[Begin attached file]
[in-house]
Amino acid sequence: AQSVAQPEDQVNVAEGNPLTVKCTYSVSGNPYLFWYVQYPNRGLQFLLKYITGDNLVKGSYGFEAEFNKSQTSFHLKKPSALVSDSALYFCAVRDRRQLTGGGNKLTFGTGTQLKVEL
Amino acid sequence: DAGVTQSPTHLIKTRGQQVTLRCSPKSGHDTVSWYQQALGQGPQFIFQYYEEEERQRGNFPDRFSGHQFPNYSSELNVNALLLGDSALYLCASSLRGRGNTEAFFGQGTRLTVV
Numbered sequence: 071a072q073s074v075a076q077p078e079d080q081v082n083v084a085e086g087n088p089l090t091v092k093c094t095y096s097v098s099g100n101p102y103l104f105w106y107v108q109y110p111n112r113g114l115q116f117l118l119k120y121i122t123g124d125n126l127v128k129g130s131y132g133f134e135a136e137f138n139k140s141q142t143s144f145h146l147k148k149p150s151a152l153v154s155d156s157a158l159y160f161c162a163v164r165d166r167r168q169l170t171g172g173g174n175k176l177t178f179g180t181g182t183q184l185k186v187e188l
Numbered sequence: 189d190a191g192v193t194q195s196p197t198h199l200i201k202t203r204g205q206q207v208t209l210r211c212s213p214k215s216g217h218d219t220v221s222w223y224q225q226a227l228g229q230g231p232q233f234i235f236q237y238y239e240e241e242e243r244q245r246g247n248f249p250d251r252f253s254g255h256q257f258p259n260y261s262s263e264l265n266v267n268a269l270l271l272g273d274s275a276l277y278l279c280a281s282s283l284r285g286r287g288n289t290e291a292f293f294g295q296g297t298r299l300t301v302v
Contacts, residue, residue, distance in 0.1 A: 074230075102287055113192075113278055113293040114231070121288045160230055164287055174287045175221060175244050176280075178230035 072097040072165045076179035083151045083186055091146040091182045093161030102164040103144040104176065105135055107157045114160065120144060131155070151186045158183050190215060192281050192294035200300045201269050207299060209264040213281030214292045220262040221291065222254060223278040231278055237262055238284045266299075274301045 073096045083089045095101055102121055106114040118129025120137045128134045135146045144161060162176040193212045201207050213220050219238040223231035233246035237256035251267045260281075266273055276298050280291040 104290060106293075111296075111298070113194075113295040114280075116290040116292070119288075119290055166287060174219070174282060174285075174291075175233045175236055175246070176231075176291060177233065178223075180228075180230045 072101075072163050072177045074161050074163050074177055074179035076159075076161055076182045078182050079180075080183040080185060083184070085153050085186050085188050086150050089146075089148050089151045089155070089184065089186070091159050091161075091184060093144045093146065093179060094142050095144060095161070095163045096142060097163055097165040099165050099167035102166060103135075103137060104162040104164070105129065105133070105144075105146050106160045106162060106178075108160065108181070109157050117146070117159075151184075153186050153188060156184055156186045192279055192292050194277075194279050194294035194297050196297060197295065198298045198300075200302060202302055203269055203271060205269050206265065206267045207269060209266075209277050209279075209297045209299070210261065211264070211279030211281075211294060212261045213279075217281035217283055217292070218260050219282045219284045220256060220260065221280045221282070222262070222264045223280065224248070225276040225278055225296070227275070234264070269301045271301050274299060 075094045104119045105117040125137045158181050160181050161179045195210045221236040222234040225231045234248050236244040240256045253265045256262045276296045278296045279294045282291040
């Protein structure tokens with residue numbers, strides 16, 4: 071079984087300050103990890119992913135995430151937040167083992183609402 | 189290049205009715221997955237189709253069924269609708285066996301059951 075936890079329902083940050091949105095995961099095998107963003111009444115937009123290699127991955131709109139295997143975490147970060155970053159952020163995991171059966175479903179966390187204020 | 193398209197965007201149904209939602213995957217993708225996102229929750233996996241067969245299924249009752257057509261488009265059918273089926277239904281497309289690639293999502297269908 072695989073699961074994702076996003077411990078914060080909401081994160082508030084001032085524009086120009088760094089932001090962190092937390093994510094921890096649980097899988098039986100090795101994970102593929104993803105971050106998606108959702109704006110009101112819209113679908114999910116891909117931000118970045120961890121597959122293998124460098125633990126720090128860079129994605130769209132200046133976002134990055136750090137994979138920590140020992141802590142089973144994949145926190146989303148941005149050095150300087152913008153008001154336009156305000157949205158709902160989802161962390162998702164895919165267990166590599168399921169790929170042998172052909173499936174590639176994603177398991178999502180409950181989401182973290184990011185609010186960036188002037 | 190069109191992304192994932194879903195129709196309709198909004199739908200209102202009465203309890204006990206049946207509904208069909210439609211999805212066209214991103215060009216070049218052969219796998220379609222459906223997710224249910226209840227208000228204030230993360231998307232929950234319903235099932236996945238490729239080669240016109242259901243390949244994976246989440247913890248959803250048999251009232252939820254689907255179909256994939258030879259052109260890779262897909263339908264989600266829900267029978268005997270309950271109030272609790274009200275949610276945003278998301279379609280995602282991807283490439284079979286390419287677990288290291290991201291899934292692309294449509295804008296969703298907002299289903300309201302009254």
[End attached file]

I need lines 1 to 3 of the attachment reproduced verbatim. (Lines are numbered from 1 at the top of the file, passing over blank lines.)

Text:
[in-house]
Amino acid sequence: AQSVAQPEDQVNVAEGNPLTVKCTYSVSGNPYLFWYVQYPNRGLQFLLKYITGDNLVKGSYGFEAEFNKSQTSFHLKKPSALVSDSALYFCAVRDRRQLTGGGNKLTFGTGTQLKVEL
Amino acid sequence: DAGVTQSPTHLIKTRGQQVTLRCSPKSGHDTVSWYQQALGQGPQFIFQYYEEEERQRGNFPDRFSGHQFPNYSSELNVNALLLGDSALYLCASSLRGRGNTEAFFGQGTRLTVV